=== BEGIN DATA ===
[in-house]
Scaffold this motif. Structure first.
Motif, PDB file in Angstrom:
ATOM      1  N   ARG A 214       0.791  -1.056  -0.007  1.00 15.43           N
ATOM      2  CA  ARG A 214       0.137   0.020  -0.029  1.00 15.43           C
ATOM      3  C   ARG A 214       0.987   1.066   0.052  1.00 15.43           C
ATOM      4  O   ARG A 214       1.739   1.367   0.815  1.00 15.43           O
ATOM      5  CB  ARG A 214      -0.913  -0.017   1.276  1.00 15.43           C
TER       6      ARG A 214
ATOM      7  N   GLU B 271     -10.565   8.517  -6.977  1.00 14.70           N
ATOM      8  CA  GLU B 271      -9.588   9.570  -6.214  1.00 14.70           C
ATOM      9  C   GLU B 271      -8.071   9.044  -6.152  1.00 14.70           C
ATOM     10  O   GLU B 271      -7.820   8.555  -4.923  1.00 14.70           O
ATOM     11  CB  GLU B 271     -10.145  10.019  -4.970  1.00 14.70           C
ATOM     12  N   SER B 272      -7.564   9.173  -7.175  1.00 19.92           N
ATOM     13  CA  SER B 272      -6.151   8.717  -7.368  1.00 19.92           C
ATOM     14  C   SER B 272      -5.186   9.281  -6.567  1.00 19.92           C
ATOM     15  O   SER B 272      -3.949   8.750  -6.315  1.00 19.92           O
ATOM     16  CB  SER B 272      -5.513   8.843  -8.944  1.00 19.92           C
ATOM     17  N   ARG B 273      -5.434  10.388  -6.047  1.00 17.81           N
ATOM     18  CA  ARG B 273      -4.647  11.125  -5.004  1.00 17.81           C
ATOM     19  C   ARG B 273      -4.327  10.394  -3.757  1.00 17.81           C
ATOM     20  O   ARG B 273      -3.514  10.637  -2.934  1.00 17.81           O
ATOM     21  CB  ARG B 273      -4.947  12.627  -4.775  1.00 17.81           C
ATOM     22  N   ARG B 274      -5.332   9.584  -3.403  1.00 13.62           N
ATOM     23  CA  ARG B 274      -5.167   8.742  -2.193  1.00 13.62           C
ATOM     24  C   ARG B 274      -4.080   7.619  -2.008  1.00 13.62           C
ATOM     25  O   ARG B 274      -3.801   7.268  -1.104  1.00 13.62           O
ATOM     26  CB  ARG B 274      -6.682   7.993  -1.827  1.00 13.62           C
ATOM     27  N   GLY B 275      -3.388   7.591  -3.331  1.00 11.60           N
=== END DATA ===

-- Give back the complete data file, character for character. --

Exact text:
[in-house]
Scaffold this motif. Structure first.
Motif, PDB file in Angstrom:
ATOM      1  N   ARG A 214       0.791  -1.056  -0.007  1.00 15.43           N
ATOM      2  CA  ARG A 214       0.137   0.020  -0.029  1.00 15.43           C
ATOM      3  C   ARG A 214       0.987   1.066   0.052  1.00 15.43           C
ATOM      4  O   ARG A 214       1.739   1.367   0.815  1.00 15.43           O
ATOM      5  CB  ARG A 214      -0.913  -0.017   1.276  1.00 15.43           C
TER       6      ARG A 214
ATOM      7  N   GLU B 271     -10.565   8.517  -6.977  1.00 14.70           N
ATOM      8  CA  GLU B 271      -9.588   9.570  -6.214  1.00 14.70           C
ATOM      9  C   GLU B 271      -8.071   9.044  -6.152  1.00 14.70           C
ATOM     10  O   GLU B 271      -7.820   8.555  -4.923  1.00 14.70           O
ATOM     11  CB  GLU B 271     -10.145  10.019  -4.970  1.00 14.70           C
ATOM     12  N   SER B 272      -7.564   9.173  -7.175  1.00 19.92           N
ATOM     13  CA  SER B 272      -6.151   8.717  -7.368  1.00 19.92           C
ATOM     14  C   SER B 272      -5.186   9.281  -6.567  1.00 19.92           C
ATOM     15  O   SER B 272      -3.949   8.750  -6.315  1.00 19.92           O
ATOM     16  CB  SER B 272      -5.513   8.843  -8.944  1.00 19.92           C
ATOM     17  N   ARG B 273      -5.434  10.388  -6.047  1.00 17.81           N
ATOM     18  CA  ARG B 273      -4.647  11.125  -5.004  1.00 17.81           C
ATOM     19  C   ARG B 273      -4.327  10.394  -3.757  1.00 17.81           C
ATOM     20  O   ARG B 273      -3.514  10.637  -2.934  1.00 17.81           O
ATOM     21  CB  ARG B 273      -4.947  12.627  -4.775  1.00 17.81           C
ATOM     22  N   ARG B 274      -5.332   9.584  -3.403  1.00 13.62           N
ATOM     23  CA  ARG B 274      -5.167   8.742  -2.193  1.00 13.62           C
ATOM     24  C   ARG B 274      -4.080   7.619  -2.008  1.00 13.62           C
ATOM     25  O   ARG B 274      -3.801   7.268  -1.104  1.00 13.62           O
ATOM     26  CB  ARG B 274      -6.682   7.993  -1.827  1.00 13.62           C
ATOM     27  N   GLY B 275      -3.388   7.591  -3.331  1.00 11.60           N